- New York City Council members have backed a bill that would ban sales of guinea pigs.
- Shelters have been inundated with pets bought during the pandemic that are now unwanted.
- One shelter spent $20,000 on a guinea pig tower to store more, The New York Times reported.
New York City could ban pet stores from selling guinea because so many have been abandoned at animal shelters.
Sales of guinea pigs shot up at the height of the pandemic lockdown as people turned to buying pets to combat loneliness. But now animal shelters are struggling with the sheer number of guinea pigs being ditched.
New York’s city council has proposed a bill that would ban stores from selling guinea pigs. A majority of council members have signed the bill introduced in February, but a hearing is yet to be scheduled.
Animal shelters have taken in about 600 guinea pigs this year – more than double the total for the whole of 2019, The City reported.
“COVID came and everybody was like, ‘let’s get a guinea pig because we’re inside and we don’t want to go outside,'” Juli Cialone, who runs the Rock n’ Rescue shelter in Westchester, told The City.
“People just think they’re cute and fluffy, [but] they scoot and they don’t want to be touched. The challenge is people end up getting bored with them,” she added.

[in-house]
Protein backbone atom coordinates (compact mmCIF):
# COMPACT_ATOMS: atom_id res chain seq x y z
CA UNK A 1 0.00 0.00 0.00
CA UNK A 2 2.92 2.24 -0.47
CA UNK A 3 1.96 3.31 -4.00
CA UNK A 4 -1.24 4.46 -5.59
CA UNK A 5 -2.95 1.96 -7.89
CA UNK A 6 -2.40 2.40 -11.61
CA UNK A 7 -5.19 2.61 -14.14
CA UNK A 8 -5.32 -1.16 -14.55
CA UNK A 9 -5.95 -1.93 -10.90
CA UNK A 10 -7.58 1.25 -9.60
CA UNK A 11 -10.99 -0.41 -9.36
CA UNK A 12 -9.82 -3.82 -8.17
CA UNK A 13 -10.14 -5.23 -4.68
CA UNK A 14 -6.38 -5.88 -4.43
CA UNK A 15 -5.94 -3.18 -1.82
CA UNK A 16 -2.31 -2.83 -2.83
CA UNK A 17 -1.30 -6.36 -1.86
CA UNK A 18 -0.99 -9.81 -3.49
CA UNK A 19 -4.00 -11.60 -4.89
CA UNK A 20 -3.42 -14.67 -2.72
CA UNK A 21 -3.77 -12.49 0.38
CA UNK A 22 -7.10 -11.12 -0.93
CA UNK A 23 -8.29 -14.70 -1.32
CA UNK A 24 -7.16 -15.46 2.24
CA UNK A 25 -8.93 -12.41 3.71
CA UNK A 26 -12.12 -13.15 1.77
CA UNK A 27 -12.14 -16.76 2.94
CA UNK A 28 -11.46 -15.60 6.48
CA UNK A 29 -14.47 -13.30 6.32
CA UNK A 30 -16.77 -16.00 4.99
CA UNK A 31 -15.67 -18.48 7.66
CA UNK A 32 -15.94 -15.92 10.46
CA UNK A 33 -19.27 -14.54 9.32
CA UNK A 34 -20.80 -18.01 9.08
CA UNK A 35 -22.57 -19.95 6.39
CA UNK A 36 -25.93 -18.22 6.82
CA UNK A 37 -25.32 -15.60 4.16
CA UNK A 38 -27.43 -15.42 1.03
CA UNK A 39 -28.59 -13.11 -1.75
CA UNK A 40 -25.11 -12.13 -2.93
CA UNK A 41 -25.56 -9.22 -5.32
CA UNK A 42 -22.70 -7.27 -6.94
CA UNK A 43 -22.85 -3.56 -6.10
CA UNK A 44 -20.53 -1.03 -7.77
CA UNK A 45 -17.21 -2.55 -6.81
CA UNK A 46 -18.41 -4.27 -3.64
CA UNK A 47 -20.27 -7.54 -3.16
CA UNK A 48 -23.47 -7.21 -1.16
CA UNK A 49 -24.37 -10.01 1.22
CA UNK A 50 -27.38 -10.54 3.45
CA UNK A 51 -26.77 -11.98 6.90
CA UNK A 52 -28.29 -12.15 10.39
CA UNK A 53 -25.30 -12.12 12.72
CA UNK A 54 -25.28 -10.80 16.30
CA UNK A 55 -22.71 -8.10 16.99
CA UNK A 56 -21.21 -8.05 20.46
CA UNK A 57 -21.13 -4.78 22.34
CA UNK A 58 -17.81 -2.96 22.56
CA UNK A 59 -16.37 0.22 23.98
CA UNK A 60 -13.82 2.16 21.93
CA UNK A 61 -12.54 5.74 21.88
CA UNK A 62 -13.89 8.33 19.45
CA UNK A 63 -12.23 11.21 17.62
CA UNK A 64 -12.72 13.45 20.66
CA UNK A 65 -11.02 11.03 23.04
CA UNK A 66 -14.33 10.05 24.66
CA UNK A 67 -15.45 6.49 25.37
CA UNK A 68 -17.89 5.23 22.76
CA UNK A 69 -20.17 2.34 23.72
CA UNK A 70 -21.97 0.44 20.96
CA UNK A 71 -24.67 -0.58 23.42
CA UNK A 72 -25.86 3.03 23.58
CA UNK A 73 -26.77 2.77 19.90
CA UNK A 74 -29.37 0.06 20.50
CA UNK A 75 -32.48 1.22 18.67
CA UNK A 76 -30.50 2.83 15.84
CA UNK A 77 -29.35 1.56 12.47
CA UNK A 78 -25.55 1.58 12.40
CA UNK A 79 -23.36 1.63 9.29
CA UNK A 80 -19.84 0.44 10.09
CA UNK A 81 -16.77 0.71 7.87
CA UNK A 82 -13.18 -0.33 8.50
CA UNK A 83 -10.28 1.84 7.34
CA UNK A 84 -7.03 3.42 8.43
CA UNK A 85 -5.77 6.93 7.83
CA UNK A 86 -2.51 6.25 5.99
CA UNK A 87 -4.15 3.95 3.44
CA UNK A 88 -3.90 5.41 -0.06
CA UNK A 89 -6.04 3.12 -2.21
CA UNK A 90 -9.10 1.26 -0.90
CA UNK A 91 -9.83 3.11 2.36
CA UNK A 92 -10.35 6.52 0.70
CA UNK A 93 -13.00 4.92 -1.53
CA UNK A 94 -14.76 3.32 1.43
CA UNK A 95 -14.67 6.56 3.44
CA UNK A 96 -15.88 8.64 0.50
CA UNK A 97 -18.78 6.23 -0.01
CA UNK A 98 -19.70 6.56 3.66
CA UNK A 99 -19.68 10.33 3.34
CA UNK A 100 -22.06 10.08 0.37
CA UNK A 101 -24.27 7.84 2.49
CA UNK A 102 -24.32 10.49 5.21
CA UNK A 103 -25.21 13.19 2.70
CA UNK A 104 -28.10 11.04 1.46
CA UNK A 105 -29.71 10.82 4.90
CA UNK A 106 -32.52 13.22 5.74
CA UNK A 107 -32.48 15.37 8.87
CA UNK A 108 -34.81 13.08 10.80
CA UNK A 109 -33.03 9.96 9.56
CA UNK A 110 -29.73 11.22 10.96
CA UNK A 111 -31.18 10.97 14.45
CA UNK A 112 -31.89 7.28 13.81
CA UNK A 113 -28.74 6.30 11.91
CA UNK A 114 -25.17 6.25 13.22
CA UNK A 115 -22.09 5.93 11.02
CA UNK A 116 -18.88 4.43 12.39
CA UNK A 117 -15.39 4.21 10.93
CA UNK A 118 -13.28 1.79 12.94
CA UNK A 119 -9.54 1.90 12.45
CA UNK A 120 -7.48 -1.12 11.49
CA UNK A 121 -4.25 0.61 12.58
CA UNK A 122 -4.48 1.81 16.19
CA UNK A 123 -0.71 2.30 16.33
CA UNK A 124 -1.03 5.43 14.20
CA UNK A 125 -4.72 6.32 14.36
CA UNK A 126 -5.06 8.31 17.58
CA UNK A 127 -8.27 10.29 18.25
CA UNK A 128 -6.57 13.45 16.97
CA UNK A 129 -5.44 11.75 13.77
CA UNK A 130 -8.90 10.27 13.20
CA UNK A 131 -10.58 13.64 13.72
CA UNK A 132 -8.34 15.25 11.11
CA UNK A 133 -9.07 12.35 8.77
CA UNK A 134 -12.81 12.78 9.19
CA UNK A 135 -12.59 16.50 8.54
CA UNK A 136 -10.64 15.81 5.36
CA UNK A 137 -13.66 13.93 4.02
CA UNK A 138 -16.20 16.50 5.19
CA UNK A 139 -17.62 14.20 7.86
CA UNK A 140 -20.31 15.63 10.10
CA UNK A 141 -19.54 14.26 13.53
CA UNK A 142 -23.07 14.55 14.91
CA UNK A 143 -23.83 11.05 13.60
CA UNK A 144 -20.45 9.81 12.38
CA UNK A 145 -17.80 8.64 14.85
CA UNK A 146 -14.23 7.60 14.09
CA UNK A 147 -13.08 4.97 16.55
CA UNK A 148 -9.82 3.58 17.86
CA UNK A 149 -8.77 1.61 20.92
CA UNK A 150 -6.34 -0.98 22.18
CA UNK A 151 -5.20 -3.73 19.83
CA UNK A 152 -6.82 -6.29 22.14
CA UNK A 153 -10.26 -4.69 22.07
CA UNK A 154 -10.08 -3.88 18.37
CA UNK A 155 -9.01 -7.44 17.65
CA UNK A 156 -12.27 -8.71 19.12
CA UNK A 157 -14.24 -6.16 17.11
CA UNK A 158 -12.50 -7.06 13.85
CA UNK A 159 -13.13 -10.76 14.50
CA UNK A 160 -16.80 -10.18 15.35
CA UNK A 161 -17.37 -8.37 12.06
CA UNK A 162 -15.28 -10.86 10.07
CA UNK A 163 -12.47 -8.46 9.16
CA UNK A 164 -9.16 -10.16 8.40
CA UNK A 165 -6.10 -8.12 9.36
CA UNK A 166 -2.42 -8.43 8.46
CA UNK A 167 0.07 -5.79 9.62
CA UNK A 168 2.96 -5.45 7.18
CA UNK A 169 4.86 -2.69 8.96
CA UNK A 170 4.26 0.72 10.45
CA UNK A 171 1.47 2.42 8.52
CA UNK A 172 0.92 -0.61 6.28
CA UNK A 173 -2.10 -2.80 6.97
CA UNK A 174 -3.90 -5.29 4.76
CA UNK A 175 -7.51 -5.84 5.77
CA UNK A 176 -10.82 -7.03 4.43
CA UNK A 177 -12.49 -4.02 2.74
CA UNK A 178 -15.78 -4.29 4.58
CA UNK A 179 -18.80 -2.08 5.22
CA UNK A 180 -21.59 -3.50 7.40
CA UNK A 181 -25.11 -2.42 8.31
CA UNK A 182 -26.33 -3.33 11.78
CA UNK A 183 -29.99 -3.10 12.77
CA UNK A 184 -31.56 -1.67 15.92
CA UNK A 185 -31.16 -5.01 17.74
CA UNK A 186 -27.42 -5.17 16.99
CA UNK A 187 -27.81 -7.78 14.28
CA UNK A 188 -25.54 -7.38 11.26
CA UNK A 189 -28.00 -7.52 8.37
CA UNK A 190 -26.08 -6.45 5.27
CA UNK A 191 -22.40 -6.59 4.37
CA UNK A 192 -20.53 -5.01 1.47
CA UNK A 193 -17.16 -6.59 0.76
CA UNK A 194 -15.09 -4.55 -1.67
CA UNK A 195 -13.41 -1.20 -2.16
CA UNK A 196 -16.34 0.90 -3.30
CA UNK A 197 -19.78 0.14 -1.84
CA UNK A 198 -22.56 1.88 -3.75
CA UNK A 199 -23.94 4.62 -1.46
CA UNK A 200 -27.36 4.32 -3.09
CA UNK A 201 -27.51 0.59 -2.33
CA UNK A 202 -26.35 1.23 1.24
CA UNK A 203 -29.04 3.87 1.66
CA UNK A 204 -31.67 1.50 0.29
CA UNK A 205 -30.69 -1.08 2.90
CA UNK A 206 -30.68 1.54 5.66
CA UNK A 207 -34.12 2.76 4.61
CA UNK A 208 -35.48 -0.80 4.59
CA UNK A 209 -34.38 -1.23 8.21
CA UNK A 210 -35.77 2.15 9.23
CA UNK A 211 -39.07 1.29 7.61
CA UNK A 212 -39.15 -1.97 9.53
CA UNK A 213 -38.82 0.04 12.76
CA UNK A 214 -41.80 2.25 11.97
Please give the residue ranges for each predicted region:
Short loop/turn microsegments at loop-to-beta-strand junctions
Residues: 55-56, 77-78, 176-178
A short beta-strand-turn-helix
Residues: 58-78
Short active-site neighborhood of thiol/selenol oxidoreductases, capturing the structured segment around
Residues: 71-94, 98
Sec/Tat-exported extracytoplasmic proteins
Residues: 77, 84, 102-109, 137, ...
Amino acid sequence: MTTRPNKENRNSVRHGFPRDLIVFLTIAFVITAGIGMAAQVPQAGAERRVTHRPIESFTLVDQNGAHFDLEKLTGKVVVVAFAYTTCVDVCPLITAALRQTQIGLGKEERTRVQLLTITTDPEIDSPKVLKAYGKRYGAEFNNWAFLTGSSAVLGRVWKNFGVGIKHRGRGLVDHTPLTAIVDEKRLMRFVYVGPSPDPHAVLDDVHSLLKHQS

One frustrated shelter founder begged a local farm store to stop selling chicks and ducklings as the number he has taken in his coops were now full, The New York Times reported.
“They think the pandemic is over, and they don’t want to devote time to taking care of them anymore,” Bill Crain told the newspaper.
Animal Care Centres of New York City, a shelter, told The Times that it had to buy a guinea pig tower at a cost of $20,000 to accommodate all its furry rodents.
The shelter’s spokesperson, Katy Hansen, said many of its guinea pigs were less than three years old, meaning they were bought during the pandemic.
Guinea pigs are available at retailers including Petco and PetSmart for about $50 and are often impulse purchases, Hansen told The City.
—Animal Care Centers 🐶🐱🐰 (@NYCACC) September 28, 2022
www.businessinsider.com 2022-10-02 10:48:39